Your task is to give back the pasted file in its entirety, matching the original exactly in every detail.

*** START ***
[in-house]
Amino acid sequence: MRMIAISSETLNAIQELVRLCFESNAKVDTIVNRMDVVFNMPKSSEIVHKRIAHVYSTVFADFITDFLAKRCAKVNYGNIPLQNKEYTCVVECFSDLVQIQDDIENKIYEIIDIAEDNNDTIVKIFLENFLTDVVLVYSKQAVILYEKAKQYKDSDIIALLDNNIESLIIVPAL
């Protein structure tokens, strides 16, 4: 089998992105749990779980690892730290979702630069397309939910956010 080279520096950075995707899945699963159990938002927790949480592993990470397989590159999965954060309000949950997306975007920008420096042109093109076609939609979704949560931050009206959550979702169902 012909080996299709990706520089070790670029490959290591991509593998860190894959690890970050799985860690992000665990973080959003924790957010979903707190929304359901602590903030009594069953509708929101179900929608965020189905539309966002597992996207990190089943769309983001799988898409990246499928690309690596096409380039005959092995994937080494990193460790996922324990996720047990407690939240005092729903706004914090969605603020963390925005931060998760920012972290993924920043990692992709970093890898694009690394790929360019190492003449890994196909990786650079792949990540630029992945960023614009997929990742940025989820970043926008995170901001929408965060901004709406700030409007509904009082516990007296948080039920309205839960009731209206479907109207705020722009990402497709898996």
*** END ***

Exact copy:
[in-house]
Amino acid sequence: MRMIAISSETLNAIQELVRLCFESNAKVDTIVNRMDVVFNMPKSSEIVHKRIAHVYSTVFADFITDFLAKRCAKVNYGNIPLQNKEYTCVVECFSDLVQIQDDIENKIYEIIDIAEDNNDTIVKIFLENFLTDVVLVYSKQAVILYEKAKQYKDSDIIALLDNNIESLIIVPAL
């Protein structure tokens, strides 16, 4: 089998992105749990779980690892730290979702630069397309939910956010 080279520096950075995707899945699963159990938002927790949480592993990470397989590159999965954060309000949950997306975007920008420096042109093109076609939609979704949560931050009206959550979702169902 012909080996299709990706520089070790670029490959290591991509593998860190894959690890970050799985860690992000665990973080959003924790957010979903707190929304359901602590903030009594069953509708929101179900929608965020189905539309966002597992996207990190089943769309983001799988898409990246499928690309690596096409380039005959092995994937080494990193460790996922324990996720047990407690939240005092729903706004914090969605603020963390925005931060998760920012972290993924920043990692992709970093890898694009690394790929360019190492003449890994196909990786650079792949990540630029992945960023614009997929990742940025989820970043926008995170901001929408965060901004709406700030409007509904009082516990007296948080039920309205839960009731209206479907109207705020722009990402497709898996």